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Article
Publication date: 11 April 2008

Nina T. Dorata and Steven T. Petra

This study seeks to examine whether CEO duality further exacerbates CEOs' motivation of self‐interest to engage in mergers and acquisitions to increase their compensation.

Abstract

Purpose

This study seeks to examine whether CEO duality further exacerbates CEOs' motivation of self‐interest to engage in mergers and acquisitions to increase their compensation.

Design/methodology/approach

Regression tests using CEO compensation as the dependent variable, and CEO duality, firm size and firm performance as independent test and control variables. The regression tests are used for various sub‐samples of the firms, those that merge and those that have CEO duality.

Findings

The results indicate that for merging firms CEO compensation is positively associated with firm size. However, this association is unaffected by CEO duality. For non‐merging firms, the results indicate that CEO compensation is positively associated with firm size and firm performance. CEO duality moderates the positive association between CEO compensation and firm performance.

Research limitations/implications

This study is limited to the extent that it does not observe the deliberations of compensation committees in their setting of CEO compensation, but only examines the outcomes of those deliberations. A future area of research is to examine compensation schemes of merger/acquisition CEOs in the context of other government structures, such as board independence and composition.

Practical implications

Shareholders who desire to keep CEO compensation levels positively associated with firm performance may consider supporting the separation of the positions of CEO and Chairperson of the Board.

Originality/value

This study contributes to the literature by concluding that governance structure influences CEO compensation schemes and CEOs of merging firms command higher compensation in spite of governance structure and firm performance.

Details

Managerial Finance, vol. 34 no. 5
Type: Research Article
ISSN: 0307-4358

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Article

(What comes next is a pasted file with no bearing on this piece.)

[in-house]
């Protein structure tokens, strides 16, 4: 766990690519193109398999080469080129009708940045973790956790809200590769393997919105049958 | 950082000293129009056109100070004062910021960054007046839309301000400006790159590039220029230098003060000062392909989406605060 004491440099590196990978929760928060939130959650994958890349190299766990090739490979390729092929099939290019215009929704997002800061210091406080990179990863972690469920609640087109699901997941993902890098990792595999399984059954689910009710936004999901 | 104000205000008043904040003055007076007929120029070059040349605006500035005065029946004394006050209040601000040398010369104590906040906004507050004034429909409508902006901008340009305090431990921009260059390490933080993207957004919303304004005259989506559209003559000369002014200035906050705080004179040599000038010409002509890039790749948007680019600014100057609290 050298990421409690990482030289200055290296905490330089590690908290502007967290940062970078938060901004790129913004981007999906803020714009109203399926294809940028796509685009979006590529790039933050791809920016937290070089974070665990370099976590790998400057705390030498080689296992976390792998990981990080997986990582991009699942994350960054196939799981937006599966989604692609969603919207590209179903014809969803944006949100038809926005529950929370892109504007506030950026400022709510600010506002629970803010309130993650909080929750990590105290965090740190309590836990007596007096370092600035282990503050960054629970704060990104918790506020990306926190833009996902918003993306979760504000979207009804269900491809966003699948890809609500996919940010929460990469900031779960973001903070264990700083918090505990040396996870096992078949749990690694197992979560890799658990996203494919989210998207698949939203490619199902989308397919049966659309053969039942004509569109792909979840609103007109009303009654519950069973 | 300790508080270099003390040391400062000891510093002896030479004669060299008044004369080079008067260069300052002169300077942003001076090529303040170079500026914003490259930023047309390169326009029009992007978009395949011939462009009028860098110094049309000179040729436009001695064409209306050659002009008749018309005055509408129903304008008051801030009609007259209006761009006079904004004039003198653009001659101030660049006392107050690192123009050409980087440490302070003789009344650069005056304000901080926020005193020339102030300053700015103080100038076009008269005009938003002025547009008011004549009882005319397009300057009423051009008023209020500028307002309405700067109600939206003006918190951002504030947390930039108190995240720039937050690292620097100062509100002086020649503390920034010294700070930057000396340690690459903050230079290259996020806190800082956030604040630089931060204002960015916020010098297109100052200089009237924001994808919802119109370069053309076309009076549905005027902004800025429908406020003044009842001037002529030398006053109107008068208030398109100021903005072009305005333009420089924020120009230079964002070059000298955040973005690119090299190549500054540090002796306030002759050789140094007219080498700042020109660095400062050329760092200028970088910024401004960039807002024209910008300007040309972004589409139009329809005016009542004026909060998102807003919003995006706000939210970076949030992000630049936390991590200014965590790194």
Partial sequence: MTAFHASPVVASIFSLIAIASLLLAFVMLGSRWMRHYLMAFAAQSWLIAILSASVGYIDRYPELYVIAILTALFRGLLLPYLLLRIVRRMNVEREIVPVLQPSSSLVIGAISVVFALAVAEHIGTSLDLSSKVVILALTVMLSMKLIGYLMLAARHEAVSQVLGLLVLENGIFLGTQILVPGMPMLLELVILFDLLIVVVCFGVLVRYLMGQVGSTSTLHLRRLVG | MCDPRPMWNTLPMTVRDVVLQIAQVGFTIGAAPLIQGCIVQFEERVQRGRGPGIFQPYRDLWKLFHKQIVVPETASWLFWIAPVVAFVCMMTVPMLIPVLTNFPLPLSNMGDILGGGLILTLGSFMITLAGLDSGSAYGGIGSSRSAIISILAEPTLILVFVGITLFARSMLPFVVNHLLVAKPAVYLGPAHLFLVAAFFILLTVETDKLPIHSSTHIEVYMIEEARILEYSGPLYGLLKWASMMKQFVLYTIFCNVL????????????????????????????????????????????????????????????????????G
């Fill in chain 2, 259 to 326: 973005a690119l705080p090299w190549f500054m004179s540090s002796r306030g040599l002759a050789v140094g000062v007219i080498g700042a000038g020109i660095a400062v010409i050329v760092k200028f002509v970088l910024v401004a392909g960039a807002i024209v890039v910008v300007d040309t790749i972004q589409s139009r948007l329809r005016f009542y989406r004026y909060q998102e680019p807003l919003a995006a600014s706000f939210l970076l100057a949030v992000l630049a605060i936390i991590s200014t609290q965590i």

Publication date: 1 June 1997

Yu Hsing and Wen‐Jeng Lin

CEOs' compensation has received a great deal of attention in recent years. Some criticised that CEOs' compensation is not responsive to their performance, because some CEOs

Abstract

CEOs' compensation has received a great deal of attention in recent years. Some criticised that CEOs' compensation is not responsive to their performance, because some CEOs still received the same or more compensation even if their companies incurred losses. Others complained that the compensation received by some of the CEOs was so astronomical that it can not be justified with any rational explanations. Many also maintained that some CEOs do not care about employees' wellbeing and shareholders' interest in the determination of their compensation in view of the facts that many workers received pay cuts or declining compensation in real terms and are laid off in the re‐structuring of organisations in order for firms to become more competitive domestically and worldwide.

Details

Management Research News, vol. 20 no. 6
Type: Research Article
ISSN: 0140-9174

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Article
Publication date: 1 February 1995

Richard H. Fosberg and Joe F. James

Jensen and Murphy (1990) and others have found a small but statistically significant relationship between firm performance (as measured by change in shareholder wealth or…